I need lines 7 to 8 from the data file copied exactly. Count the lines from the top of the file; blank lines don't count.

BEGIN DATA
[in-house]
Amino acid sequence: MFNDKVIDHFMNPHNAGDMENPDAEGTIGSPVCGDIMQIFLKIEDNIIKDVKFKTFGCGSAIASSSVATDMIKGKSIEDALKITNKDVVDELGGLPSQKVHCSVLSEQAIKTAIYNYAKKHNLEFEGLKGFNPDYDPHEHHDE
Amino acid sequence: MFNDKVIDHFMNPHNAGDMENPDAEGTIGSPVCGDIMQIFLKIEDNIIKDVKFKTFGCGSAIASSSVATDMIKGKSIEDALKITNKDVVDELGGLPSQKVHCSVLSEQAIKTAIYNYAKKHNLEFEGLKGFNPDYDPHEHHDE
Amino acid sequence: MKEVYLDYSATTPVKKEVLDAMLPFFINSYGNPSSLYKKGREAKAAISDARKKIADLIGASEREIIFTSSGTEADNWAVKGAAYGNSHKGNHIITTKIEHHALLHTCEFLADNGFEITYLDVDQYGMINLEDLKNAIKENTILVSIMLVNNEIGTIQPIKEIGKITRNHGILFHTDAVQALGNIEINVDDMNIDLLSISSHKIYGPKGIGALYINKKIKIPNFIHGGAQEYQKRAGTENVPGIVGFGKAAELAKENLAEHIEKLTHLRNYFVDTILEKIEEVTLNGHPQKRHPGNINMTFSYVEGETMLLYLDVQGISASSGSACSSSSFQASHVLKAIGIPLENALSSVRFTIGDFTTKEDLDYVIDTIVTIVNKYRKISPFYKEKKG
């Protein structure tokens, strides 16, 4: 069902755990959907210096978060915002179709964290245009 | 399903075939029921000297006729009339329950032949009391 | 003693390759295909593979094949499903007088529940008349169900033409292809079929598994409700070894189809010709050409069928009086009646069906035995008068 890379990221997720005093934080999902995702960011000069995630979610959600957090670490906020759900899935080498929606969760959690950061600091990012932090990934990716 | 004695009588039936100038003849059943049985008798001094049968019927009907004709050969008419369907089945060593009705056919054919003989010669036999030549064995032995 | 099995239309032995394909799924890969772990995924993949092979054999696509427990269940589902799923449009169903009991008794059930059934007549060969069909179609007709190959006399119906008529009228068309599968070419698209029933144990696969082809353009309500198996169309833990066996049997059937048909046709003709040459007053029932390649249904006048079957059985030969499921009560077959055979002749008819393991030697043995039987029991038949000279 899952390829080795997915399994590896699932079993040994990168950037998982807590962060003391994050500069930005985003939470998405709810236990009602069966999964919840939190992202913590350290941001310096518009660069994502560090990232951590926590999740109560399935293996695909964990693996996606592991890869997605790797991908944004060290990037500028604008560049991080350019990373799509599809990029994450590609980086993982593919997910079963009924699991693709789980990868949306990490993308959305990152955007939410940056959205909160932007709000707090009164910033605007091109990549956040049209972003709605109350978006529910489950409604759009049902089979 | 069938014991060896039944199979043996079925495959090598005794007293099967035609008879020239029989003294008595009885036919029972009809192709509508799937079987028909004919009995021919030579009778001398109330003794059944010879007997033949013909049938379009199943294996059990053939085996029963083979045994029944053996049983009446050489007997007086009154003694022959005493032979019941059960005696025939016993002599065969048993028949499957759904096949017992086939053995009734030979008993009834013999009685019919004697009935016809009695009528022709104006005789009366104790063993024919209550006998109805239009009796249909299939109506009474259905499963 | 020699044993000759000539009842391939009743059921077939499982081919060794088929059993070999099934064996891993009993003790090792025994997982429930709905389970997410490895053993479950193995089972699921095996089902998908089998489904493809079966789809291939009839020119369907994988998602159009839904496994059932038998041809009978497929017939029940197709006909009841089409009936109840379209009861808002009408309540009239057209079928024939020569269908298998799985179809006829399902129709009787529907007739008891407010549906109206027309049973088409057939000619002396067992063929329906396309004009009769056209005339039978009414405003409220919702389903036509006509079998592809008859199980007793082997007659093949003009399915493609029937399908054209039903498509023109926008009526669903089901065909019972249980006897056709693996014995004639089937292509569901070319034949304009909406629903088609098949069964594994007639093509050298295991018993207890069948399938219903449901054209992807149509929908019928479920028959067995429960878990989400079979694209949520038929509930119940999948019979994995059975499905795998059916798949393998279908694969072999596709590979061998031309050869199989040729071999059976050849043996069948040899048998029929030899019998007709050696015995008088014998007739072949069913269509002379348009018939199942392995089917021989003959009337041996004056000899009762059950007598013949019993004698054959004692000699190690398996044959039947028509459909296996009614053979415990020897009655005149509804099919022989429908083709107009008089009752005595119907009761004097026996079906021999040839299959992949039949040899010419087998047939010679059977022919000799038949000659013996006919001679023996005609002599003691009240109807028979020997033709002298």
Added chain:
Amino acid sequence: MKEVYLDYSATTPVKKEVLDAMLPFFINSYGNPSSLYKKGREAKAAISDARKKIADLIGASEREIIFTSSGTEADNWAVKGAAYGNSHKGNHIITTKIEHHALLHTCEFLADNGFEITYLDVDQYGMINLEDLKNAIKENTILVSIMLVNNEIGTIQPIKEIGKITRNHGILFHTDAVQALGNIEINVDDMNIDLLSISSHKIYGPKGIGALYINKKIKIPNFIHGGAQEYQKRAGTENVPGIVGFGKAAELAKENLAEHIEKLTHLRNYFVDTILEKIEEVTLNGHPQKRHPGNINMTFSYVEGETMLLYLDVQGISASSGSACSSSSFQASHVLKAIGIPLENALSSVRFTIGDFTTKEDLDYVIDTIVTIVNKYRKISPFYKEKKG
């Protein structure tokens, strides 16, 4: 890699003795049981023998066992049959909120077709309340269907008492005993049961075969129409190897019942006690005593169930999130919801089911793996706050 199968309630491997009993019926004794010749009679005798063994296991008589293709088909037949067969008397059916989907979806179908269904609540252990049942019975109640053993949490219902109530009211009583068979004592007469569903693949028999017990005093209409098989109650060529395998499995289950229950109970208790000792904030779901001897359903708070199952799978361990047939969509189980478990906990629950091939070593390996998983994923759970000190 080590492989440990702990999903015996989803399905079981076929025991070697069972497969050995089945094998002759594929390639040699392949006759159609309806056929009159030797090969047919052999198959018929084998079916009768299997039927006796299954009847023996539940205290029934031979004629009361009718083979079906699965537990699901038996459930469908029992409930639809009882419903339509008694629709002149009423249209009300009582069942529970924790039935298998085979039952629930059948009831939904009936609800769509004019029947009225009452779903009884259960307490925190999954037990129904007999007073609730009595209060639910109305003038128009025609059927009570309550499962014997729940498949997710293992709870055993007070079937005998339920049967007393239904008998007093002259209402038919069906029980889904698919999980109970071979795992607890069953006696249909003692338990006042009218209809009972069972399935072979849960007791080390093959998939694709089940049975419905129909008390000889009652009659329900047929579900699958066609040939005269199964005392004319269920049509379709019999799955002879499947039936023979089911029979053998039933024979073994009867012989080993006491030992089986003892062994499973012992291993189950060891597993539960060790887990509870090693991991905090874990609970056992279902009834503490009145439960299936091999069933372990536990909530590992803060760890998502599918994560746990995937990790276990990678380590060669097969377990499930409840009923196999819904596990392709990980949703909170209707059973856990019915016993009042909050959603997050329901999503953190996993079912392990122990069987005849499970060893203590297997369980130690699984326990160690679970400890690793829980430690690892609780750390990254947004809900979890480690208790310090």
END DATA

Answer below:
Amino acid sequence: MKEVYLDYSATTPVKKEVLDAMLPFFINSYGNPSSLYKKGREAKAAISDARKKIADLIGASEREIIFTSSGTEADNWAVKGAAYGNSHKGNHIITTKIEHHALLHTCEFLADNGFEITYLDVDQYGMINLEDLKNAIKENTILVSIMLVNNEIGTIQPIKEIGKITRNHGILFHTDAVQALGNIEINVDDMNIDLLSISSHKIYGPKGIGALYINKKIKIPNFIHGGAQEYQKRAGTENVPGIVGFGKAAELAKENLAEHIEKLTHLRNYFVDTILEKIEEVTLNGHPQKRHPGNINMTFSYVEGETMLLYLDVQGISASSGSACSSSSFQASHVLKAIGIPLENALSSVRFTIGDFTTKEDLDYVIDTIVTIVNKYRKISPFYKEKKG
């Protein structure tokens, strides 16, 4: 890699003795049981023998066992049959909120077709309340269907008492005993049961075969129409190897019942006690005593169930999130919801089911793996706050 199968309630491997009993019926004794010749009679005798063994296991008589293709088909037949067969008397059916989907979806179908269904609540252990049942019975109640053993949490219902109530009211009583068979004592007469569903693949028999017990005093209409098989109650060529395998499995289950229950109970208790000792904030779901001897359903708070199952799978361990047939969509189980478990906990629950091939070593390996998983994923759970000190 080590492989440990702990999903015996989803399905079981076929025991070697069972497969050995089945094998002759594929390639040699392949006759159609309806056929009159030797090969047919052999198959018929084998079916009768299997039927006796299954009847023996539940205290029934031979004629009361009718083979079906699965537990699901038996459930469908029992409930639809009882419903339509008694629709002149009423249209009300009582069942529970924790039935298998085979039952629930059948009831939904009936609800769509004019029947009225009452779903009884259960307490925190999954037990129904007999007073609730009595209060639910109305003038128009025609059927009570309550499962014997729940498949997710293992709870055993007070079937005998339920049967007393239904008998007093002259209402038919069906029980889904698919999980109970071979795992607890069953006696249909003692338990006042009218209809009972069972399935072979849960007791080390093959998939694709089940049975419905129909008390000889009652009659329900047929579900699958066609040939005269199964005392004319269920049509379709019999799955002879499947039936023979089911029979053998039933024979073994009867012989080993006491030992089986003892062994499973012992291993189950060891597993539960060790887990509870090693991991905090874990609970056992279902009834503490009145439960299936091999069933372990536990909530590992803060760890998502599918994560746990995937990790276990990678380590060669097969377990499930409840009923196999819904596990392709990980949703909170209707059973856990019915016993009042909050959603997050329901999503953190996993079912392990122990069987005849499970060893203590297997369980130690699984326990160690679970400890690793829980430690690892609780750390990254947004809900979890480690208790310090």